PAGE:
By Chris Karel
Shon Christy is one of Ohio’s best social media speakers. Recognized as a pioneer and innovator, he founded the state’s first niche social media agency. His 20 years of marketing experience, nearly 10 years of social media expertise and hundreds of speaking engagements with national reach make him one of the most prolific social media speakers in the state. Not to mention that Shon has the energy to engage an audience of any size.
Shon subscribes to a pivotal belief that has been picking up steam in the content marketing and social media spaces: attention is the new currency. Organizations spend far too much time pushing their agendas and not enough time focusing on adding value to their audiences. This customer-centric philosophy on social media, directly influenced by the book The Go-Giver by Bob Burg and John David Mann, drives Shon to transform the way Ohio businesses use social media. After speaking for the AMA NEO Digital SIG in October, Christy sat down with Digital SIG programming director Chris Karel to discuss LinkedIn prospecting.
Chris: Thanks for taking the time to sit down and talk about Linkedin today. My first question is, why do you think Linkedin has become a popular platform?
Shon: Thank you Chris. To answer your question, I believe LinkedIn has become popular because of its focus on business and networking. People are spending time on the platform because it helps them achieve their goals while building new professional contacts. I also believe we are seeing some fatigue on other popular platforms because of the rise in negativity. We are just not seeing as much negative conversation on LinkedIn.
Chris: I can relate to the fatigue. I rarely use some traditional socials because it’s taxing to weed through the trolls. And, I agree, I don’t see the negativity as much on Linkedin. Let’s move into prospecting. What are three things people can do to their profile to aid in prospecting?
3 Things to Aid Prospecting
Shon: First, develop and implement a keyword strategy for your profile using the words you want to be found for. Second, start publishing more! Write unique content similar to a blog which you can publish and house on your LinkedIn profile. This will not only help establish you as a thought leader in your area, but it might also produce a lead once published into the feed! Third, focus on getting one recommendation a month for the next 12 months. I have found the word of mouth from these recommendations to be a powerful lead generation tool! These recommendations also have lasting impact on your profile and help set you apart from your competition when potential clients are researching you and your company.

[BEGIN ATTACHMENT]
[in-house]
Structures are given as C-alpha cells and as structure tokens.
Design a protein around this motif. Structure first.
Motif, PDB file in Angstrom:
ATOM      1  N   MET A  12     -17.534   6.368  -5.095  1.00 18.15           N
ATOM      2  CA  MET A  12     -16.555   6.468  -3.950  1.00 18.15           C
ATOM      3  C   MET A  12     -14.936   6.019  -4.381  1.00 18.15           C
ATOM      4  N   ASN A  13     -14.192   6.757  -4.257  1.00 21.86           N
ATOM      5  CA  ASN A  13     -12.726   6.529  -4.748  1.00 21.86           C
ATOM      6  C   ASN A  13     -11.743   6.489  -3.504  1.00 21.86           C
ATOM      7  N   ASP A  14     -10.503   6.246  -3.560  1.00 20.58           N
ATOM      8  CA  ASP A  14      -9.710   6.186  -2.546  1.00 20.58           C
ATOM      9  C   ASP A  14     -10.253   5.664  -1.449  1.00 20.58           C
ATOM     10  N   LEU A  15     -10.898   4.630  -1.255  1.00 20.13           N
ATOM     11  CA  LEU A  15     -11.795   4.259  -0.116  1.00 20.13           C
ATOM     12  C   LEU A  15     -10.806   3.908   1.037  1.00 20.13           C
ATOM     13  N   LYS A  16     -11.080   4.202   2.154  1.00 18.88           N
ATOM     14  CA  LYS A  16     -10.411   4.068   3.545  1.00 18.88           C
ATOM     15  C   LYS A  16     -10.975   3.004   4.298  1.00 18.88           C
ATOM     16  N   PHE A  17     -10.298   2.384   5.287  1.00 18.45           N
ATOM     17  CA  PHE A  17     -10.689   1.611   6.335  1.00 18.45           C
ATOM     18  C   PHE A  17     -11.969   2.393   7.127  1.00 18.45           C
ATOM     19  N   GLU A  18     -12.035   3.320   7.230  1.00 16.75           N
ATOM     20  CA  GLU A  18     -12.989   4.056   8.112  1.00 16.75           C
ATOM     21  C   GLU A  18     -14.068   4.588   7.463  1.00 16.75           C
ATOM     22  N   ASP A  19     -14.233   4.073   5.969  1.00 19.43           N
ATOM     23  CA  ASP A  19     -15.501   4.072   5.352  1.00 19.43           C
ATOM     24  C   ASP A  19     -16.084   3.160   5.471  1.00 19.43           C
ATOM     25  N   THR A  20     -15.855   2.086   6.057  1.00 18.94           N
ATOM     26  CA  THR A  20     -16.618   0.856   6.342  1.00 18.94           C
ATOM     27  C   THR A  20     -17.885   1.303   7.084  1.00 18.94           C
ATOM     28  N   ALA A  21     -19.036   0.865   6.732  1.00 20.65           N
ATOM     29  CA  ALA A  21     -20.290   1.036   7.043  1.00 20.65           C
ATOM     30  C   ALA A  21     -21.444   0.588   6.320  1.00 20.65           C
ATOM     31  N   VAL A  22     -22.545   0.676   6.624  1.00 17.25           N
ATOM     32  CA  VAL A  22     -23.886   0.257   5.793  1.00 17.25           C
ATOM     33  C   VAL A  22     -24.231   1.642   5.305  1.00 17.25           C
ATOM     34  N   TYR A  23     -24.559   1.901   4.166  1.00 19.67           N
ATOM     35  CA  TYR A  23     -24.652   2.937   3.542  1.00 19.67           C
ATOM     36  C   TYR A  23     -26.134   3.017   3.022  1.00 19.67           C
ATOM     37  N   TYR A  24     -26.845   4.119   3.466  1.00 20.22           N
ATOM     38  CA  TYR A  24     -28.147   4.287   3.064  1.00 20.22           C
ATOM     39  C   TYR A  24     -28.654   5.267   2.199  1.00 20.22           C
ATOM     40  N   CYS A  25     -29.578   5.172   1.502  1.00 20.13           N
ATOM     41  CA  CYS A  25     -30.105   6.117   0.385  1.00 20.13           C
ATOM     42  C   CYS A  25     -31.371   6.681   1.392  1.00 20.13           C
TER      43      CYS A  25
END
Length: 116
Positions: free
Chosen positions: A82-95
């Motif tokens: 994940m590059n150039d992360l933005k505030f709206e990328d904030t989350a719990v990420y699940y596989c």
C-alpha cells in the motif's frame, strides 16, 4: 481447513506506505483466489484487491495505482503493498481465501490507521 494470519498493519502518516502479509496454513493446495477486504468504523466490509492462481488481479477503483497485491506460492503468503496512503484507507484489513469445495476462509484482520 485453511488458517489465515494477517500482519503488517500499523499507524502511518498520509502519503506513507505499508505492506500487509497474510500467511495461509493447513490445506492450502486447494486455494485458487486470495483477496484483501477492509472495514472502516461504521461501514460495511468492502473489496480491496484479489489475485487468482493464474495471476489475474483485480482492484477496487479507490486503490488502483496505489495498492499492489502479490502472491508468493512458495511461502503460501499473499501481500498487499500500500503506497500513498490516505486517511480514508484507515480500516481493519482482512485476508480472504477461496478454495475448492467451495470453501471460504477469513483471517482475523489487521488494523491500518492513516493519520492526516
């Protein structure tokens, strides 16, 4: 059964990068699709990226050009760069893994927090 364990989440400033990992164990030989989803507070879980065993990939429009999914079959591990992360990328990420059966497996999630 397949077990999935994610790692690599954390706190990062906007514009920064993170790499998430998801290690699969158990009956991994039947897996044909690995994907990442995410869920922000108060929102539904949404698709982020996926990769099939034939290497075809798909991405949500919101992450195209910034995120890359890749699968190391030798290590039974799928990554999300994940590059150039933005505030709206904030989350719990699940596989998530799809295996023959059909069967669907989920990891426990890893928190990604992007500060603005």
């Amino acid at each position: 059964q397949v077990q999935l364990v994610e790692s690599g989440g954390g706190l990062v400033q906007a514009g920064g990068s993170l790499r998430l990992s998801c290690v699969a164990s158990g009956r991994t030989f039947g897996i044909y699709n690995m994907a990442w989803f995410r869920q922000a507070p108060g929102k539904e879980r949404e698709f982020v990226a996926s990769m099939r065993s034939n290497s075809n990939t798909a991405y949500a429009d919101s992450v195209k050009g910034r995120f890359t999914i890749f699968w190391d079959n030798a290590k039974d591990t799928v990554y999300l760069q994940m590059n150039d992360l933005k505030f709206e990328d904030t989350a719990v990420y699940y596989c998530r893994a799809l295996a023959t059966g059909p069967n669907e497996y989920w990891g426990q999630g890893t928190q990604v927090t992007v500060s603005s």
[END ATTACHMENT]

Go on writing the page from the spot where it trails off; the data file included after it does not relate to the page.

Chris: Good suggestions Shon. I never thought of a keyword strategy on Linkedin. It seems obvious now that I hear you say it, but yes, great idea.
Shon: Sometimes it is the easy things that people overlook.
Chris: How can I use Linkedin to prospect? I thought it was a job search platform.
Shon: While about half of LinkedIn’s revenue comes from the recruitment side of the house, the sales side has picked up steam over the last several years. I think the first step is always having goals. If your goal is to prospect, create a top ten list of desired clients and focus on building authentic relationships with the people in those organizations who can make or influence the decision making. I also recommend making connections and building relationships with vendors and other influencers that support those ten companies. A critical part of the relationship building process is adding value. Try to add value to those individuals through your contacts or your content.
Chris: What are some common pitfalls that businesses fall into when trying to use LinkedIn for lead generation?
Shon: First and foremost, I think it is important to understand that it takes time to build relationships and develop business. It is no different on the LinkedIn platform, so having realistic expectations is very important. I have heard that LinkedIn doesn’t work, only to find out they made a few posts and sent a few connection requests and the person is giving up because he/she has not closed any deals.
Chris: I’ve heard similar complaints.
Shon: Once the correct expectations are in place I highly encourage people to have a plan that includes goals, measurements, and an activity plan for how they are going to go after those goals. I rarely see people taking a structured approach to LinkedIn. One of the biggest pitfalls is BAD prospecting. I see so many people make connections and immediately follow up with a sales pitch. LinkedIn is a tool to network and build relationships, not to spam people. Stop the spam!!!!
Chris: I feel your exclamation points. I immediately unfollow or sometime disconnect from a new connection that immediately pitches me like they know me. Okay Shon, last question: What industries are doing it right?
Shon: I think speakers and marketers do a good job overall because those industries are used to producing content. Being active on the platform is very important, but having a plan and following that plan is critical to the success of the LinkedIn program.
Chris: Thank you Shon. I appreciate your insight and I’m sure I’ll see you soon on Linkedin.
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